It has taken me a good few months to finish Wild and that’s not to say that it’s a bad read, because it’s far from it; it’s a fantastic book. When I started it back at the beginning of the year I knew I would struggle with it. Right from the moment I read the blurb on the back which told me that Cheryl had lost her mother to cancer very rapidly and everything had fallen apart from there, I knew. This would be tough to get through because I’m still dealing with the same issue, 10 years after my own mum died.
I celebrated making it through the first chapter, put the book down and didn’t pick it up again until a few months later. To be honest, it frightened me that what I’d find inside these 300 or so pages would tear me open again and it did. But the beauty of this book for me was that I no longer felt alone. As emotionally difficult as this was to read for me, there were many times that Cheryl was speaking my life and my feelings on to the pages.
There is a section where Cheryl feels anger towards her mum for dying and she so succinctly put into words what I have never been able to, feelings I didn’t even know I felt…
“It was wrong. It was so relentlessly awful that my mother had been taken from me. I couldn’t even hate her properly. I didn’t get to grow up and pull away from her and bitch about her with my friends and confront her about all the things I wish she’d done differently and then get older and understand that she had done the best she could and realize that she had done pretty damn good and take her fully back into my arms again. Her death had obliterated that. It had obliterated me. It had cut me short at the very height of my youthful arrogance. It had forced me to instantly grow up and forgive her every motherly fault at the same time that it kept me forever as a child, my life both ended and begun in that premature place where we’d left off. She was my mother, but I was motherless. I was trapped by her but utterly alone. She would always be the empty bowl that no one could fill. I’d have to fill it myself again and again and again.” – Wild, Cheryl Strayed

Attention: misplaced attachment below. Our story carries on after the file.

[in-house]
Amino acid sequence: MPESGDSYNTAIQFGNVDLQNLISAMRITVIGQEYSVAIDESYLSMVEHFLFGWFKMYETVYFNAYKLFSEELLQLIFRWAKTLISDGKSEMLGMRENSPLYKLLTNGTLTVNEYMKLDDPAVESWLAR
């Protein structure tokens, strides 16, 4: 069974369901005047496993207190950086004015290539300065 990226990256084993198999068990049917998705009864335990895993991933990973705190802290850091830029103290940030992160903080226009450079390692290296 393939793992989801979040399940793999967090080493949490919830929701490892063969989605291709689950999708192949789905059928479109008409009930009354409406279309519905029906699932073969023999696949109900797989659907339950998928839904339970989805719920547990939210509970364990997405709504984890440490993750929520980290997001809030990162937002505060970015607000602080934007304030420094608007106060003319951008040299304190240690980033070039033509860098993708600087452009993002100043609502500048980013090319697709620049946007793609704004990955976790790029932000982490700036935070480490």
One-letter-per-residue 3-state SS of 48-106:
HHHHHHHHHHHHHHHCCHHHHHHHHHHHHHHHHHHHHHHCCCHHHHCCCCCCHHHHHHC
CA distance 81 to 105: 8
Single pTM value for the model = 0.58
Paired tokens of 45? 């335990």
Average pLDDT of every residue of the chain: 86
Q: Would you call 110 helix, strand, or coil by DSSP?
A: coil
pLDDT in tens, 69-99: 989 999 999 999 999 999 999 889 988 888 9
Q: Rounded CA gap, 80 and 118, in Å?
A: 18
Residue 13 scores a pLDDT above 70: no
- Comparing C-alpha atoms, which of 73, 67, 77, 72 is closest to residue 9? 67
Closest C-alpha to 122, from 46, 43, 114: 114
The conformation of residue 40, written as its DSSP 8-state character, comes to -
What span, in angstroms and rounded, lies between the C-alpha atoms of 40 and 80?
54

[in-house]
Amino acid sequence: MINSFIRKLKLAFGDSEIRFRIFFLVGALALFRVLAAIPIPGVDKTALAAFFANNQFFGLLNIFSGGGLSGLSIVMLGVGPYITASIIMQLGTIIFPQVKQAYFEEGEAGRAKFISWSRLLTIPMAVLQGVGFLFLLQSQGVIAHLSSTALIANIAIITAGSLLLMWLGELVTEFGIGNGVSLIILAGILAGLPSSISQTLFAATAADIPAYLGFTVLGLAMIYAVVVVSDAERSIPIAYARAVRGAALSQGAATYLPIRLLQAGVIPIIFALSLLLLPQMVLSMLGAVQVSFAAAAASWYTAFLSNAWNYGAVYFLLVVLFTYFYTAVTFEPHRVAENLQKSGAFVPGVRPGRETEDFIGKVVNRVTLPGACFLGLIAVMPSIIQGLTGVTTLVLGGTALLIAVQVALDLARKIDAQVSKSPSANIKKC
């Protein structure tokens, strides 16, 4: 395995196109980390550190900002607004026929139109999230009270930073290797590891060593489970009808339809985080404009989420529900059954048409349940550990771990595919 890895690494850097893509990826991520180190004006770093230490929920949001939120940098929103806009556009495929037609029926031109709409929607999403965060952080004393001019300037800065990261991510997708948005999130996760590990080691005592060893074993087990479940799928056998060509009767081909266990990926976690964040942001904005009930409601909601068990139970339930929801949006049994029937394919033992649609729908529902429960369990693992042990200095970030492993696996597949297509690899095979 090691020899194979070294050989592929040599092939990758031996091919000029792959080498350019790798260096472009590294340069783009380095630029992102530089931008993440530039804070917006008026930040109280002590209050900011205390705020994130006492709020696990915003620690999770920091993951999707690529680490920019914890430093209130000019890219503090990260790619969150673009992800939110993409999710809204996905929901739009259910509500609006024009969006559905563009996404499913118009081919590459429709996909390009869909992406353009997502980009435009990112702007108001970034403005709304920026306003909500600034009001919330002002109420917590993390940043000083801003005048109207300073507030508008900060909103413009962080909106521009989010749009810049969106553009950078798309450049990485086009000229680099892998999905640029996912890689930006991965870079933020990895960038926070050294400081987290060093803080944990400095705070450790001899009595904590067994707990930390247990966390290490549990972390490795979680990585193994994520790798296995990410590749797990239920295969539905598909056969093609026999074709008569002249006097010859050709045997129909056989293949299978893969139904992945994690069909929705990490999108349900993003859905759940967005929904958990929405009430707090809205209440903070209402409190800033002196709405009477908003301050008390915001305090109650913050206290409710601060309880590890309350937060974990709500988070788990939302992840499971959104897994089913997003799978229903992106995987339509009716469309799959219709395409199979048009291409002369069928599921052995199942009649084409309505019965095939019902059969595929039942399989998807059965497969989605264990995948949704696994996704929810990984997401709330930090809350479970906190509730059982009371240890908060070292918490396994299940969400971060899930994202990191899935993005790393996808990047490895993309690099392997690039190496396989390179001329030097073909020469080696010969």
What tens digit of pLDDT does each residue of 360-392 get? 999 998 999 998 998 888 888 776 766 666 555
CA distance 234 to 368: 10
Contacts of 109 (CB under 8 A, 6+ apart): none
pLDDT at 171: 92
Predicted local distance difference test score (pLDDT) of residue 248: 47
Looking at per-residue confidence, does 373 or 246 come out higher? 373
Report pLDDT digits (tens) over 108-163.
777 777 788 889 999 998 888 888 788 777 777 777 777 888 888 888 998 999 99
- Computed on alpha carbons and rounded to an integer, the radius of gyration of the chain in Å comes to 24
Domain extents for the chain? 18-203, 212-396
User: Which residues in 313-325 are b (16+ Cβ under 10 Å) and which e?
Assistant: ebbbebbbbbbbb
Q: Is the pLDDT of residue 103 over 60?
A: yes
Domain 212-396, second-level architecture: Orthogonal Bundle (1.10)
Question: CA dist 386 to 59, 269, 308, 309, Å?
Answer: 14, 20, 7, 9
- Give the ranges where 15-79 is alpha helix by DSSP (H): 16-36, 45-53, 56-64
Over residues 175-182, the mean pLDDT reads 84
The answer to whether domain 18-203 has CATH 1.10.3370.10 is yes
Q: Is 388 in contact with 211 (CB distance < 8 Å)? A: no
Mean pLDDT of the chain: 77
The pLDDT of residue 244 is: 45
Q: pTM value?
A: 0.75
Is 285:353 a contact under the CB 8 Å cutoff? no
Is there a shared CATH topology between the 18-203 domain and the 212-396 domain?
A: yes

What I love about the book is that I feel a huge connection with the story. It seems so similar to mine, you know apart from the affairs and heroin… Having hiked a little myself, I enjoyed following the author along the trail, being as relieved as she was to get to the box at the end of each few hundred miles and, having never experienced it or even knowing it is, I now crave Snapple like there’s no tomorrow! As I finished reading it was as if I’d hiked the PCT myself only I, thankfully, still have all my toenails in tact.
Read it. Please.
Have you read Wild? What are your thoughts on it?